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Lewis Taylor (Spectrum)

Lewis Taylor (Spectrum)

1 Jan 1996
4.6 out of 5 stars 28 customer reviews

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1
6:35
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2
5:36
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3
4:31
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4
5:11
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5
4:56
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6
5:24
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7
How
How
3:59
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8
4:26
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9
6:00
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10
3:19
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Product details

  • Original Release Date: 1 Jan. 1996
  • Release Date: 15 Dec. 2000
  • Label: UMC (Universal Music Catalogue)
  • Copyright: ℗© 1996 Island Records, a division of Universal Music Operations Limited
  • Record Company Required Metadata: Music file metadata contains unique purchase identifier. Learn more.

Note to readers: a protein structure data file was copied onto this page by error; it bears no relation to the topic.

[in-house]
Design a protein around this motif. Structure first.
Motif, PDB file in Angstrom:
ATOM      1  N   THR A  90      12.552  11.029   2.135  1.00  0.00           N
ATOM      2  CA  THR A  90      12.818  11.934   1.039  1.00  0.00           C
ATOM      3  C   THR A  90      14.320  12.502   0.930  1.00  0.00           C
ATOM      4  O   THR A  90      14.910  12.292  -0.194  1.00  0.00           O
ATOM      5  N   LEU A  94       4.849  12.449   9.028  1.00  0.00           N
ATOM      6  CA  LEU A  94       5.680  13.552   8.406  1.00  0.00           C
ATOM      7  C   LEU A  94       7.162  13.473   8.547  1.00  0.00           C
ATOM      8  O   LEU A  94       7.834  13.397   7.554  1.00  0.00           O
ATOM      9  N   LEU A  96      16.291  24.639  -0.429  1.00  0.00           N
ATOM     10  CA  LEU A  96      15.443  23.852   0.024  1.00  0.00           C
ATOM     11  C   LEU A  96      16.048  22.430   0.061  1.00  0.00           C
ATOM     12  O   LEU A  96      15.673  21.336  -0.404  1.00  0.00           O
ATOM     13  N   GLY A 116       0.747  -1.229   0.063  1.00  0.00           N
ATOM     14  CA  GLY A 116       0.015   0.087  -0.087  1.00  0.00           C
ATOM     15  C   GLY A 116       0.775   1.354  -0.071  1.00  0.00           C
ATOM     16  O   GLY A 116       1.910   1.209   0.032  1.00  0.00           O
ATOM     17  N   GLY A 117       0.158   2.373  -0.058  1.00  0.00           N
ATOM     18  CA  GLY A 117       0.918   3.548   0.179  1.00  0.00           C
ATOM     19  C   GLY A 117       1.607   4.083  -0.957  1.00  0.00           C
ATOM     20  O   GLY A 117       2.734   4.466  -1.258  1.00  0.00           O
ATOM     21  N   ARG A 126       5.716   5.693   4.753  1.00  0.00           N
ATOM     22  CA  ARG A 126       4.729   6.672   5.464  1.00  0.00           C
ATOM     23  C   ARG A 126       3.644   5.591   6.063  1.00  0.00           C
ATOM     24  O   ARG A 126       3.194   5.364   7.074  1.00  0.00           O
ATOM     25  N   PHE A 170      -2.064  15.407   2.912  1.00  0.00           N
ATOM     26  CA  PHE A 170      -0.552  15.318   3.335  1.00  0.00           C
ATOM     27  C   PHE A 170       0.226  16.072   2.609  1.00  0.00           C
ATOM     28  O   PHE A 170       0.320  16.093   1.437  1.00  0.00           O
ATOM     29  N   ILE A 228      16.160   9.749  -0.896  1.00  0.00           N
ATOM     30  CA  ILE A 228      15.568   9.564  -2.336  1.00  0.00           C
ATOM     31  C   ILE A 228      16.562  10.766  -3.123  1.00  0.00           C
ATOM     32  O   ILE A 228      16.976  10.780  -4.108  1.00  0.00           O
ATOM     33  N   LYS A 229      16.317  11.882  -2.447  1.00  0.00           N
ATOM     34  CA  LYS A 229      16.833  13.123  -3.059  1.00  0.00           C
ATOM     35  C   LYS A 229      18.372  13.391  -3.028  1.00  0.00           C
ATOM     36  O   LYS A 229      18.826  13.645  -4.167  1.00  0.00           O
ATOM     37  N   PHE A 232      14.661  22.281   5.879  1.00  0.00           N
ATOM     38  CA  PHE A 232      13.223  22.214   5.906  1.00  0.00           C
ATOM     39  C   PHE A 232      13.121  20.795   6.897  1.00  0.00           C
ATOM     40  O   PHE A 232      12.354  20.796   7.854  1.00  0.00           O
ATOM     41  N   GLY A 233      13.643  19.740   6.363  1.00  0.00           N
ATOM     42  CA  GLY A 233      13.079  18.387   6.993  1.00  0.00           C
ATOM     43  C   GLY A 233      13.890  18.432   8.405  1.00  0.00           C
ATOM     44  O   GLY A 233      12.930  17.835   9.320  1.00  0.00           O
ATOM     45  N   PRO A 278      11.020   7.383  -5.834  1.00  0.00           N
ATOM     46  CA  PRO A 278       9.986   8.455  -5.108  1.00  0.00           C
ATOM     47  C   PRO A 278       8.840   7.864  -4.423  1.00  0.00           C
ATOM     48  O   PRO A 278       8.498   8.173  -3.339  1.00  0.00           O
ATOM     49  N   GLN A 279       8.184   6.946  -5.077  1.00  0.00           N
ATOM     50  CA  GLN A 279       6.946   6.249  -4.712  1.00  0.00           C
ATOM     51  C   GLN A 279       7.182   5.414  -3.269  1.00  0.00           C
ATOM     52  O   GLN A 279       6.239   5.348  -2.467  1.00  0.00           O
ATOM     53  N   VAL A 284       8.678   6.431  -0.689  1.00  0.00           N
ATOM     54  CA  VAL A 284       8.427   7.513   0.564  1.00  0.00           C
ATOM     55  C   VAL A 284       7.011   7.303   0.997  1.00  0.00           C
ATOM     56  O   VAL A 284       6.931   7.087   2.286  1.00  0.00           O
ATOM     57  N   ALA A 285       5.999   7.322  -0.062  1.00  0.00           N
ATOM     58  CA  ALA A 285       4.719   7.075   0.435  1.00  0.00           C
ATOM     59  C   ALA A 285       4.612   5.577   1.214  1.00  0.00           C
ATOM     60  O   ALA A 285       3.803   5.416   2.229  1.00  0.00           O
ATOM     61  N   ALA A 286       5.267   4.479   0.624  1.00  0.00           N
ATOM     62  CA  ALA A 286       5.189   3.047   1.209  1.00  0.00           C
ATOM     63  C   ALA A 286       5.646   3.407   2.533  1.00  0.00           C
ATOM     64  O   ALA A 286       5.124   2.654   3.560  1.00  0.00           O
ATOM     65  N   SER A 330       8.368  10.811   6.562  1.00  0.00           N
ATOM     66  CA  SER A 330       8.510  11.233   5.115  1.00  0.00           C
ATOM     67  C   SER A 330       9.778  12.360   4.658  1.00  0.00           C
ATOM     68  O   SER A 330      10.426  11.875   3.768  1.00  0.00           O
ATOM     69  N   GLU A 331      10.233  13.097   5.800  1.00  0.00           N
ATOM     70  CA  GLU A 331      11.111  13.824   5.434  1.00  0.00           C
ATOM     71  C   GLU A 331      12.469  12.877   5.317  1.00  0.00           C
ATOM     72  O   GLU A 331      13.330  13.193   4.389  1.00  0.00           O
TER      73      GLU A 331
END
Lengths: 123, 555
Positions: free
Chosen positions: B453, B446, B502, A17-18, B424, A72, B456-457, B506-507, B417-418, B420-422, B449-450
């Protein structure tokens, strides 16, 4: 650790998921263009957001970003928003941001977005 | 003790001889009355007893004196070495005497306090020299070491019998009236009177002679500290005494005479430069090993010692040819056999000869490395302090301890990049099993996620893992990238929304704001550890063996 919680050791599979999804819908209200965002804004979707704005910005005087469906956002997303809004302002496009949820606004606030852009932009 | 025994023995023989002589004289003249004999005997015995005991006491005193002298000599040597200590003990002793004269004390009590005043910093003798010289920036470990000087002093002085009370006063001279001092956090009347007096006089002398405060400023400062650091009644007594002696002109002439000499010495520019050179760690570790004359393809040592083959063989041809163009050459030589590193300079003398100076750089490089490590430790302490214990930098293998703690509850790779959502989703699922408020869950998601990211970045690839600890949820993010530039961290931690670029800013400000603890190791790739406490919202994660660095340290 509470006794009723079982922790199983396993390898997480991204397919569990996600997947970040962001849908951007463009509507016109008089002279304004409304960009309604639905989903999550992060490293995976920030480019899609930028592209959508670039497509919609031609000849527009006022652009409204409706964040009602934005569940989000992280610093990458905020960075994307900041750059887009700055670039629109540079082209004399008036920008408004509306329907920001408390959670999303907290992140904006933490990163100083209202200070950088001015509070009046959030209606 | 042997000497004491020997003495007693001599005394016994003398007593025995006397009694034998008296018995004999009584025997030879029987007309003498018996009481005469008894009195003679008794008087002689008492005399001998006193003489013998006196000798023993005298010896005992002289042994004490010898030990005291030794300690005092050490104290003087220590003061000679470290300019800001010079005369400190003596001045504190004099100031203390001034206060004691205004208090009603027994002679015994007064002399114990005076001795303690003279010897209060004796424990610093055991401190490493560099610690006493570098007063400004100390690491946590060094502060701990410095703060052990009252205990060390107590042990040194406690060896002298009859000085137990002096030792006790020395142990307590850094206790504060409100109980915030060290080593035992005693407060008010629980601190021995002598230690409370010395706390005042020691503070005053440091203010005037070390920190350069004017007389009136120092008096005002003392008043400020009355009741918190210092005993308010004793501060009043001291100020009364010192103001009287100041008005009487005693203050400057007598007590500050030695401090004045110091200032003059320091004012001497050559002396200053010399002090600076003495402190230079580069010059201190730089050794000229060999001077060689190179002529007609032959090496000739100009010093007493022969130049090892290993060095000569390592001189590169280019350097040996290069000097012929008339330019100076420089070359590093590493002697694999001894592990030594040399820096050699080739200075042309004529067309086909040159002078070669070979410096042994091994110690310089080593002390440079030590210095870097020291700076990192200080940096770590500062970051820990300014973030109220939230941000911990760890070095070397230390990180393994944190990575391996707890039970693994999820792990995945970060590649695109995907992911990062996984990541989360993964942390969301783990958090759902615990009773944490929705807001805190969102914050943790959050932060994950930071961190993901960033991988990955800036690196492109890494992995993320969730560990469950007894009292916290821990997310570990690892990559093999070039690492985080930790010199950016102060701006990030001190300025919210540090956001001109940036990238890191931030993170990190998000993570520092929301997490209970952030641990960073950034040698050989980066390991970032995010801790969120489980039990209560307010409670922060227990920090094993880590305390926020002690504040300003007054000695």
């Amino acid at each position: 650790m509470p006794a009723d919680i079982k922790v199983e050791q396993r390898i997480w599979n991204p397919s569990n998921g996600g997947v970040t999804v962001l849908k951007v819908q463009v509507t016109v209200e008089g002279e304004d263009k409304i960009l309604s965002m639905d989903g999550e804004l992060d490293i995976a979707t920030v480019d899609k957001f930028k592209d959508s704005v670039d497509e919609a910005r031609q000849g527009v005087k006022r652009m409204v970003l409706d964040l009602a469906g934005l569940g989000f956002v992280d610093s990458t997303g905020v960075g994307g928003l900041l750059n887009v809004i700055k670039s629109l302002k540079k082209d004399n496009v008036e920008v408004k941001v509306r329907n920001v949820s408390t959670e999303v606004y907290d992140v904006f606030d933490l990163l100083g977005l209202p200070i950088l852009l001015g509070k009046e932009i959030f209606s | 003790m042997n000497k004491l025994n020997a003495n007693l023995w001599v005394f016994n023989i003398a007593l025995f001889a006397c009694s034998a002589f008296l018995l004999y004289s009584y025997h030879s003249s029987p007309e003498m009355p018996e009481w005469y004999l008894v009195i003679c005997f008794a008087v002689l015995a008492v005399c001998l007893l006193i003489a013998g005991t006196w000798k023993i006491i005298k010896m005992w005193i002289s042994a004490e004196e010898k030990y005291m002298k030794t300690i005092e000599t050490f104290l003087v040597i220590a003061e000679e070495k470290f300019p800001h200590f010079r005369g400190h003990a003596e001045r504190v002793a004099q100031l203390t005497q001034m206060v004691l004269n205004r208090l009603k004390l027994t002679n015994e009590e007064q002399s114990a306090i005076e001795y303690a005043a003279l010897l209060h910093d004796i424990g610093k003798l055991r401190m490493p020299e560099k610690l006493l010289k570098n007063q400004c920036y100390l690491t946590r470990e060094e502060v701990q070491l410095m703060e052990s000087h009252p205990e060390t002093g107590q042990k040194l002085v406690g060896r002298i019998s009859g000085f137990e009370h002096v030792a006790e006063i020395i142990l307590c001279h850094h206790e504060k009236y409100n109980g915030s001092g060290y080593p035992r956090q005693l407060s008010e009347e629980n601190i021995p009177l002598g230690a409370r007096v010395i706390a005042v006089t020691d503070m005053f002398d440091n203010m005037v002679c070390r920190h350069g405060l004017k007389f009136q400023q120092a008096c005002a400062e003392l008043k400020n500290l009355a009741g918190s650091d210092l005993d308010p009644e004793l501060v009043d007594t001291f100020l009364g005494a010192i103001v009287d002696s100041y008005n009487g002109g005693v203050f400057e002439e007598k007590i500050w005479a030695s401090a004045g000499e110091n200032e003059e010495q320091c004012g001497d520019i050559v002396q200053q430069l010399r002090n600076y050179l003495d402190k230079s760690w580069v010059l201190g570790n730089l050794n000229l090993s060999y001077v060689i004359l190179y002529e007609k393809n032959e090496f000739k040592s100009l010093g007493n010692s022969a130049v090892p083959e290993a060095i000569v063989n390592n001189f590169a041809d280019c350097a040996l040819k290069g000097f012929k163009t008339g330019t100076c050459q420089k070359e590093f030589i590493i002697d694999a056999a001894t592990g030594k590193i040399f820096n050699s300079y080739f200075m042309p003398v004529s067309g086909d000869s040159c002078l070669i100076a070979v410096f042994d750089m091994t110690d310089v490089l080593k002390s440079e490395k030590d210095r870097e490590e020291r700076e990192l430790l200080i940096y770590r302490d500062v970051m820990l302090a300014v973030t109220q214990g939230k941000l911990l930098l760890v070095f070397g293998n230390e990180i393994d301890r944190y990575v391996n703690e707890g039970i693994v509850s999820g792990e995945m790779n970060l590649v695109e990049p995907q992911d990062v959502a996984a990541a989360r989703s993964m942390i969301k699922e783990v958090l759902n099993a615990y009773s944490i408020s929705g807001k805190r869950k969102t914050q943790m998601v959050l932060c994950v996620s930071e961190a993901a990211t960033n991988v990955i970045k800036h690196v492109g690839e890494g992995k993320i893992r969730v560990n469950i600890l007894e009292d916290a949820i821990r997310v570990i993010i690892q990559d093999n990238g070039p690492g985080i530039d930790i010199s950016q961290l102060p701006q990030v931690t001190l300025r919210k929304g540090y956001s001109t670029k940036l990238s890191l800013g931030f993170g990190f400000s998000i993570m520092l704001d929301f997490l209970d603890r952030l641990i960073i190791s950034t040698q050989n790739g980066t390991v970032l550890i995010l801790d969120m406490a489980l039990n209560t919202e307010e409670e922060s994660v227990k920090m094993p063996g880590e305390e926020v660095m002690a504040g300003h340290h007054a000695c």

• Total Length: 49:57
  • Genres:
  • ASIN: B001KRHUHS
  • Average Customer Review: 4.6 out of 5 stars 28 customer reviews
  • Amazon Bestsellers Rank: 60,770 in Albums (See Top 100 in Albums)
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Customer Reviews

4.6 out of 5 stars
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Top Customer Reviews

Format: Audio CD Verified Purchase
Lewis Taylor's debut is one of the greatest debut albums of all time in my opinion but this new reissue is sadly another casualty of the loudness wars. This *remaster* compresses the dynamic range by making the music a louder. It isn't really remastering at all just brickwalling the album's dynamic range. This album needed no remastering at all. It was perfect from start to finish but the record companies feel they need something to bolster poor music sales these days.